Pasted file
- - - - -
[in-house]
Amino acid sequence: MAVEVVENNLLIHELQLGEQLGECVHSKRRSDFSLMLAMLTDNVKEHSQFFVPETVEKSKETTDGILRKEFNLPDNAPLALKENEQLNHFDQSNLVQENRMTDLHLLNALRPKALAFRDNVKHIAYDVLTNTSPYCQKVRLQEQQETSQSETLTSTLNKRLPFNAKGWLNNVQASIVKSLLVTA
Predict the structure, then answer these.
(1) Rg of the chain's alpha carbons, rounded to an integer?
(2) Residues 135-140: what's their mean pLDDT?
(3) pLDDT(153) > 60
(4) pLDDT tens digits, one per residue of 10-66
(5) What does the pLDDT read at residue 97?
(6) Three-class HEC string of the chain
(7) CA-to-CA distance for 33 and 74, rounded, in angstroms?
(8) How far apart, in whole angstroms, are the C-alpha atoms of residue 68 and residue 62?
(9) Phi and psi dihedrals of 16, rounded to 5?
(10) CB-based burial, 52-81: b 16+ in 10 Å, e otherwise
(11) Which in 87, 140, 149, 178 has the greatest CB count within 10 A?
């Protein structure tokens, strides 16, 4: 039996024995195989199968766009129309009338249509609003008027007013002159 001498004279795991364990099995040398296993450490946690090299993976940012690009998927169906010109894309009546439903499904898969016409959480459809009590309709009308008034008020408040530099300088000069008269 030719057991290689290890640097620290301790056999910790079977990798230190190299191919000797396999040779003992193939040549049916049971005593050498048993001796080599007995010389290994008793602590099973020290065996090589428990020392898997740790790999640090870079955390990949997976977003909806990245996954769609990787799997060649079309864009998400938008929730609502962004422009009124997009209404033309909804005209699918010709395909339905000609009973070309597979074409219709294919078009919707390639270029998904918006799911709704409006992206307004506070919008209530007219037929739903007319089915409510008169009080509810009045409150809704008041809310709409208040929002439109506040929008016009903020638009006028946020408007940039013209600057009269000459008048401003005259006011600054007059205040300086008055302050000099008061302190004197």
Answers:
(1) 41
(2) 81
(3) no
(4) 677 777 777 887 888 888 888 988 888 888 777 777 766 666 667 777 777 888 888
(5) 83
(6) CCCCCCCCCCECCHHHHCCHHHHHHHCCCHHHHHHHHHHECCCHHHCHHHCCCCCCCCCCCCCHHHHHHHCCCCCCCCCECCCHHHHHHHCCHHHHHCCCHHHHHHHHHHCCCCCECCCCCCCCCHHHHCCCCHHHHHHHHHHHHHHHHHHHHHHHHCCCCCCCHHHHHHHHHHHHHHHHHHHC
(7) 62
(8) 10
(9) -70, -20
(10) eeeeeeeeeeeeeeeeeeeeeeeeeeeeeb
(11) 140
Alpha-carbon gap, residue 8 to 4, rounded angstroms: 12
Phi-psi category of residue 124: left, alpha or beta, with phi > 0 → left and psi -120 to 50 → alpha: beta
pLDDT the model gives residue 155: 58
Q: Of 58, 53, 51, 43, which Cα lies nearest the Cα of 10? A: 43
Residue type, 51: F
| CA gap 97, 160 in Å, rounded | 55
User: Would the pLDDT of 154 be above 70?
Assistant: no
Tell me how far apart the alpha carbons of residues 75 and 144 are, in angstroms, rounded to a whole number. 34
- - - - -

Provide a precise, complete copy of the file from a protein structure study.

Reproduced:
[in-house]
Amino acid sequence: MAVEVVENNLLIHELQLGEQLGECVHSKRRSDFSLMLAMLTDNVKEHSQFFVPETVEKSKETTDGILRKEFNLPDNAPLALKENEQLNHFDQSNLVQENRMTDLHLLNALRPKALAFRDNVKHIAYDVLTNTSPYCQKVRLQEQQETSQSETLTSTLNKRLPFNAKGWLNNVQASIVKSLLVTA
Predict the structure, then answer these.
(1) Rg of the chain's alpha carbons, rounded to an integer?
(2) Residues 135-140: what's their mean pLDDT?
(3) pLDDT(153) > 60
(4) pLDDT tens digits, one per residue of 10-66
(5) What does the pLDDT read at residue 97?
(6) Three-class HEC string of the chain
(7) CA-to-CA distance for 33 and 74, rounded, in angstroms?
(8) How far apart, in whole angstroms, are the C-alpha atoms of residue 68 and residue 62?
(9) Phi and psi dihedrals of 16, rounded to 5?
(10) CB-based burial, 52-81: b 16+ in 10 Å, e otherwise
(11) Which in 87, 140, 149, 178 has the greatest CB count within 10 A?
């Protein structure tokens, strides 16, 4: 039996024995195989199968766009129309009338249509609003008027007013002159 001498004279795991364990099995040398296993450490946690090299993976940012690009998927169906010109894309009546439903499904898969016409959480459809009590309709009308008034008020408040530099300088000069008269 030719057991290689290890640097620290301790056999910790079977990798230190190299191919000797396999040779003992193939040549049916049971005593050498048993001796080599007995010389290994008793602590099973020290065996090589428990020392898997740790790999640090870079955390990949997976977003909806990245996954769609990787799997060649079309864009998400938008929730609502962004422009009124997009209404033309909804005209699918010709395909339905000609009973070309597979074409219709294919078009919707390639270029998904918006799911709704409006992206307004506070919008209530007219037929739903007319089915409510008169009080509810009045409150809704008041809310709409208040929002439109506040929008016009903020638009006028946020408007940039013209600057009269000459008048401003005259006011600054007059205040300086008055302050000099008061302190004197």
Answers:
(1) 41
(2) 81
(3) no
(4) 677 777 777 887 888 888 888 988 888 888 777 777 766 666 667 777 777 888 888
(5) 83
(6) CCCCCCCCCCECCHHHHCCHHHHHHHCCCHHHHHHHHHHECCCHHHCHHHCCCCCCCCCCCCCHHHHHHHCCCCCCCCCECCCHHHHHHHCCHHHHHCCCHHHHHHHHHHCCCCCECCCCCCCCCHHHHCCCCHHHHHHHHHHHHHHHHHHHHHHHHCCCCCCCHHHHHHHHHHHHHHHHHHHC
(7) 62
(8) 10
(9) -70, -20
(10) eeeeeeeeeeeeeeeeeeeeeeeeeeeeeb
(11) 140
Alpha-carbon gap, residue 8 to 4, rounded angstroms: 12
Phi-psi category of residue 124: left, alpha or beta, with phi > 0 → left and psi -120 to 50 → alpha: beta
pLDDT the model gives residue 155: 58
Q: Of 58, 53, 51, 43, which Cα lies nearest the Cα of 10? A: 43
Residue type, 51: F
| CA gap 97, 160 in Å, rounded | 55
User: Would the pLDDT of 154 be above 70?
Assistant: no
Tell me how far apart the alpha carbons of residues 75 and 144 are, in angstroms, rounded to a whole number. 34